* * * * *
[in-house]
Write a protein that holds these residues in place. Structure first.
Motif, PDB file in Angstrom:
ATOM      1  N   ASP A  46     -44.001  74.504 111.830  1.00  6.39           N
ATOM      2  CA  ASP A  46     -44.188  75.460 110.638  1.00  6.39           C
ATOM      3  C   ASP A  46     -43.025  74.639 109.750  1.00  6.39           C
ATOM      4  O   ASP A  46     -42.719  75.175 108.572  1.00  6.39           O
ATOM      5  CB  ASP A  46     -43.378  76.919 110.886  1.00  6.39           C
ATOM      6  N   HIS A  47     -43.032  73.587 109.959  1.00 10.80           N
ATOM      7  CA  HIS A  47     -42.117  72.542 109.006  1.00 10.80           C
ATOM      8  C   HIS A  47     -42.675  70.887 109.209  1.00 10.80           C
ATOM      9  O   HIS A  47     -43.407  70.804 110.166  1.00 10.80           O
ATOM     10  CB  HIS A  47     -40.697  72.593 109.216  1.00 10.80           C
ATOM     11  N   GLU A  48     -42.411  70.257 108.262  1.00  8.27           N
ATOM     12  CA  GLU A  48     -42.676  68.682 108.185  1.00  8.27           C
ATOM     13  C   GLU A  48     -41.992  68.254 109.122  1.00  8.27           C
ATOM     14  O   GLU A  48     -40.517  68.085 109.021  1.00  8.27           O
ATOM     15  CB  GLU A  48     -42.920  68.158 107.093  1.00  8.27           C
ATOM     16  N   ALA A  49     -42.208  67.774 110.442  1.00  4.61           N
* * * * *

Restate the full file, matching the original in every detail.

[in-house]
Write a protein that holds these residues in place. Structure first.
Motif, PDB file in Angstrom:
ATOM      1  N   ASP A  46     -44.001  74.504 111.830  1.00  6.39           N
ATOM      2  CA  ASP A  46     -44.188  75.460 110.638  1.00  6.39           C
ATOM      3  C   ASP A  46     -43.025  74.639 109.750  1.00  6.39           C
ATOM      4  O   ASP A  46     -42.719  75.175 108.572  1.00  6.39           O
ATOM      5  CB  ASP A  46     -43.378  76.919 110.886  1.00  6.39           C
ATOM      6  N   HIS A  47     -43.032  73.587 109.959  1.00 10.80           N
ATOM      7  CA  HIS A  47     -42.117  72.542 109.006  1.00 10.80           C
ATOM      8  C   HIS A  47     -42.675  70.887 109.209  1.00 10.80           C
ATOM      9  O   HIS A  47     -43.407  70.804 110.166  1.00 10.80           O
ATOM     10  CB  HIS A  47     -40.697  72.593 109.216  1.00 10.80           C
ATOM     11  N   GLU A  48     -42.411  70.257 108.262  1.00  8.27           N
ATOM     12  CA  GLU A  48     -42.676  68.682 108.185  1.00  8.27           C
ATOM     13  C   GLU A  48     -41.992  68.254 109.122  1.00  8.27           C
ATOM     14  O   GLU A  48     -40.517  68.085 109.021  1.00  8.27           O
ATOM     15  CB  GLU A  48     -42.920  68.158 107.093  1.00  8.27           C
ATOM     16  N   ALA A  49     -42.208  67.774 110.442  1.00  4.61           N